Have you ever felt that your online activities were opening you up for social media risks? Has someone stalked you online and caused issues for you? Do you know what to do if these things happen? Then I have great news for you.
I want to share a few tips that can help you not only protect yourself, they can also help you understand more about social media risks. These tips will be a compilation of things I know and from an interview that I conducted with my good friend, ShelleRae O’Connor, who is a Survival Business Specialist.
ShelleRae specializes in assisting business owners to setup disaster recovery processes for their businesses. She also gives great advice to business owners that will help them setup safety guards for their online activities. According to ShelleRae,
Facebook accounts are the leading ways for viruses to get on your machines and cause phishing attacks or hacks. Twitter, Yelp and Foursquare leave you open to telling someone when your home is empty, where you are, and how long you’ll be there.
With this in mind, when using social media, it is important that you are careful when you share on social media because it can put you at risk.
Q1: What examples do you have regarding online or social media risks?
Yes, there are social media risks when you share your personal information online because, if the wrong people got their hands on it, they could steal your identity. One of the things you can put in place is to purchase a Post Office box, and use this address for anything online instead of your home address. This will help you protect your static location details when sharing your personal information online. Another way that you open yourself up to social media risks is when you share your location online, such as when you are going on vacation or away from your home for an extended time. Be careful who you share this information with because you could be opening your home up for a robber to break in. When it comes to public computer usage, think about all the times when you have used public WiFi which can open up your computers and mobile devices to anybody.
Q2: How can you protect yourself against these risks?
Now that we have talked about how you are opening yourself up for risks, lets take a look at a few examples of how you can protect yourself from social media risks. Below are examples that can help get you started with your online protection plan.
- Assess online access or AOA just like SOS online is for monitoring online access. This is where you check the privacy settings of your social media accounts and make sure that your personal information is not being released to others without your permission. Here are a some of the links for popular social media websites: Google+, Facebook, LinkedIn, Twitter, YouTube & Pinterest.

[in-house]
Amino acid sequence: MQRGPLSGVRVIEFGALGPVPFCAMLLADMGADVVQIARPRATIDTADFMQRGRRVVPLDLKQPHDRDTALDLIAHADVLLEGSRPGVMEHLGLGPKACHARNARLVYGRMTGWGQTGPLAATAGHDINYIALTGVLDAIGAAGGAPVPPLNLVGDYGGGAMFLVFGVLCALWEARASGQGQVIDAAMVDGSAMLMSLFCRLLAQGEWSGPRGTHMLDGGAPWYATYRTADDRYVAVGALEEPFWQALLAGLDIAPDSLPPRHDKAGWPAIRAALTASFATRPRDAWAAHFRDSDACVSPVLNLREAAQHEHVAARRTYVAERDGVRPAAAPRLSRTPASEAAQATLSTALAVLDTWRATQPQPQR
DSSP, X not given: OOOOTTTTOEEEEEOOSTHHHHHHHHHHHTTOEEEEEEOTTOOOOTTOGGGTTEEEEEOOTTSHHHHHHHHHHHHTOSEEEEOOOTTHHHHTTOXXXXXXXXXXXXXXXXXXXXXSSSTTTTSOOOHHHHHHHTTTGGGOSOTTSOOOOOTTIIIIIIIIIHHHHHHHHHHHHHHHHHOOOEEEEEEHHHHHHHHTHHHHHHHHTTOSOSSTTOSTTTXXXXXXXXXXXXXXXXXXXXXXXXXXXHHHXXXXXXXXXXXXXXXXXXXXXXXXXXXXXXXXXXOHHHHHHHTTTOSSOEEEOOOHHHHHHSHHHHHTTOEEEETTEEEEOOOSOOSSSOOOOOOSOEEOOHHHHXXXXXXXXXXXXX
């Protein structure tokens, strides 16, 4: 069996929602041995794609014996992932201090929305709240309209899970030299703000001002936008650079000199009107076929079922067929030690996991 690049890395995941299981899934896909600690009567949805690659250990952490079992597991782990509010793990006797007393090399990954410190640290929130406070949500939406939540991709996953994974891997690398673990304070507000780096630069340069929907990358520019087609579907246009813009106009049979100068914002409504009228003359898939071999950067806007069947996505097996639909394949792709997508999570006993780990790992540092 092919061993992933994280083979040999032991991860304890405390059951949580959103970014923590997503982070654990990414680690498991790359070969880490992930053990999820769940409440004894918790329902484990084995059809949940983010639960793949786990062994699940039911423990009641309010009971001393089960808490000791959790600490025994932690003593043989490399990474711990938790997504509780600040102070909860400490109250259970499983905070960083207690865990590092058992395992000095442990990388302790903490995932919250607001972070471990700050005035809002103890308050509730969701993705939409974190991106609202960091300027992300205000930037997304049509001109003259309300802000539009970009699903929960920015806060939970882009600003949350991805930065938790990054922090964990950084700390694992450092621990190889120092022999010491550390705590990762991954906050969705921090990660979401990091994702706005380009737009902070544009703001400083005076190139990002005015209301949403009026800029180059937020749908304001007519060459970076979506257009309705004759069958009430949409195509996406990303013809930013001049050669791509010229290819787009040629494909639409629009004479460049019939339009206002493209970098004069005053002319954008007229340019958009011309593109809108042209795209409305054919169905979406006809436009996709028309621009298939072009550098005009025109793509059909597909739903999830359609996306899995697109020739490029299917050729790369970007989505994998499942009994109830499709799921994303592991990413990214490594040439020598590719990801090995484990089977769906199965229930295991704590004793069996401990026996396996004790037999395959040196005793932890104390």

- Protect personal details as mentioned before by purchasing a Post Office box so that you can use that address instead of your home address online. Also, be careful what information you share on different websites. Ensure that websites are safe to use by checking them out at this link on the Sucuri website: http://sitecheck2.sucuri.net/ It tells you whether a website is safe to use.
- There are many security software & devices that you can put into place like Sucuri. If you have the option for two-step authentication when logging in, use it because it adds a second level of security to accessing your logins. If you have the option to purchase a MiFi through your mobile device carrier, please do. According to WhatIs.com, a MiFi is a portable broadband device that allows multiple end users and mobile devices to share a 3G or 4G mobile broadband Internet connection and create an ad-hoc network.
Q3: Why is it important to put these security measures in place?
When you have security measures in place then your social media risks are lowered. One of the things you need to keep in mind is the old adage “Stranger Danger” because the more you let strangers learn about your personal information, the more you open yourself up to identity fraud or even personal harm. By protecting yourself, you can also cut down on loss prevention. This can be associated with risks you can face, such as credit card information being stolen or impersonation. Another place you should apply security is on your website and computer to help prevent DDos (Distributed Denial of Service) or Dos (Denial of Service) which basically is an attack where multiple compromised systems — which are usually infected with a Trojan — are used to target a single system causing a attack. These systems can be your website or email or even your computer or mobile devices.
As you assess your social media risks, please keep these questions and answers so that you can be safe online. What are some of your tips for staying safe online and lower your risks?
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